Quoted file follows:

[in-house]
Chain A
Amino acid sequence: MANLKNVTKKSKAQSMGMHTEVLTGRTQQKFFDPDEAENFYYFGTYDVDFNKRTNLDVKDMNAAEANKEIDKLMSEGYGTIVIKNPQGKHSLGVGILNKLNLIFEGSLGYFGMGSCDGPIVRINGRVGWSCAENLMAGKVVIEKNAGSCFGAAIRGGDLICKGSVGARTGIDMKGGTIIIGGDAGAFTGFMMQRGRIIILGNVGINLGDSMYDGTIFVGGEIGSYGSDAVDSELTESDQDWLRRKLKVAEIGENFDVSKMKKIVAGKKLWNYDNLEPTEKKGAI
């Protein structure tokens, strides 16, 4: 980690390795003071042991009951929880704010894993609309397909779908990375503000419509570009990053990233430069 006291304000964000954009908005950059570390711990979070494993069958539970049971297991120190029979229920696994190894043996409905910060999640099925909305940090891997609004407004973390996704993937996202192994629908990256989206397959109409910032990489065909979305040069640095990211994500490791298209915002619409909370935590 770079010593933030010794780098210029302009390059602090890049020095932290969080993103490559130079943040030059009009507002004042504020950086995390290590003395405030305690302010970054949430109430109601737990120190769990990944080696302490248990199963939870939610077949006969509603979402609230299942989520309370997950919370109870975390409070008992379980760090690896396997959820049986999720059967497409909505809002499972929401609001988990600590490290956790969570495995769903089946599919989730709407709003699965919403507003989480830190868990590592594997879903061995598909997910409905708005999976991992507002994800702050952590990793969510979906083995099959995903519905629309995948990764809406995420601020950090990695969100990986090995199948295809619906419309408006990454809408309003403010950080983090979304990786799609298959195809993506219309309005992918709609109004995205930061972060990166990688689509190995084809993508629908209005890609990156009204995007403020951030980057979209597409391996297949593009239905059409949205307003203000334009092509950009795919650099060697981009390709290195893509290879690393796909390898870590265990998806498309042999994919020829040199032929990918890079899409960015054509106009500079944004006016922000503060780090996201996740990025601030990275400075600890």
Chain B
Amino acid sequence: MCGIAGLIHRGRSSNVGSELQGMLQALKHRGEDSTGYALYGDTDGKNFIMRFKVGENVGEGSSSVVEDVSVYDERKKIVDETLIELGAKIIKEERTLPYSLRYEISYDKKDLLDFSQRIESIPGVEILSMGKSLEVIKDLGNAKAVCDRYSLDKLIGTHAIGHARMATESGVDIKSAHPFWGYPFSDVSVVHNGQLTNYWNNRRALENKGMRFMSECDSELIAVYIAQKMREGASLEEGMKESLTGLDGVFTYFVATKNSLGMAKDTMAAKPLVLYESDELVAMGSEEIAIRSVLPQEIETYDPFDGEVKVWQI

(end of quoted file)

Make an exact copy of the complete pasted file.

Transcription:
[in-house]
Chain A
Amino acid sequence: MANLKNVTKKSKAQSMGMHTEVLTGRTQQKFFDPDEAENFYYFGTYDVDFNKRTNLDVKDMNAAEANKEIDKLMSEGYGTIVIKNPQGKHSLGVGILNKLNLIFEGSLGYFGMGSCDGPIVRINGRVGWSCAENLMAGKVVIEKNAGSCFGAAIRGGDLICKGSVGARTGIDMKGGTIIIGGDAGAFTGFMMQRGRIIILGNVGINLGDSMYDGTIFVGGEIGSYGSDAVDSELTESDQDWLRRKLKVAEIGENFDVSKMKKIVAGKKLWNYDNLEPTEKKGAI
């Protein structure tokens, strides 16, 4: 980690390795003071042991009951929880704010894993609309397909779908990375503000419509570009990053990233430069 006291304000964000954009908005950059570390711990979070494993069958539970049971297991120190029979229920696994190894043996409905910060999640099925909305940090891997609004407004973390996704993937996202192994629908990256989206397959109409910032990489065909979305040069640095990211994500490791298209915002619409909370935590 770079010593933030010794780098210029302009390059602090890049020095932290969080993103490559130079943040030059009009507002004042504020950086995390290590003395405030305690302010970054949430109430109601737990120190769990990944080696302490248990199963939870939610077949006969509603979402609230299942989520309370997950919370109870975390409070008992379980760090690896396997959820049986999720059967497409909505809002499972929401609001988990600590490290956790969570495995769903089946599919989730709407709003699965919403507003989480830190868990590592594997879903061995598909997910409905708005999976991992507002994800702050952590990793969510979906083995099959995903519905629309995948990764809406995420601020950090990695969100990986090995199948295809619906419309408006990454809408309003403010950080983090979304990786799609298959195809993506219309309005992918709609109004995205930061972060990166990688689509190995084809993508629908209005890609990156009204995007403020951030980057979209597409391996297949593009239905059409949205307003203000334009092509950009795919650099060697981009390709290195893509290879690393796909390898870590265990998806498309042999994919020829040199032929990918890079899409960015054509106009500079944004006016922000503060780090996201996740990025601030990275400075600890």
Chain B
Amino acid sequence: MCGIAGLIHRGRSSNVGSELQGMLQALKHRGEDSTGYALYGDTDGKNFIMRFKVGENVGEGSSSVVEDVSVYDERKKIVDETLIELGAKIIKEERTLPYSLRYEISYDKKDLLDFSQRIESIPGVEILSMGKSLEVIKDLGNAKAVCDRYSLDKLIGTHAIGHARMATESGVDIKSAHPFWGYPFSDVSVVHNGQLTNYWNNRRALENKGMRFMSECDSELIAVYIAQKMREGASLEEGMKESLTGLDGVFTYFVATKNSLGMAKDTMAAKPLVLYESDELVAMGSEEIAIRSVLPQEIETYDPFDGEVKVWQI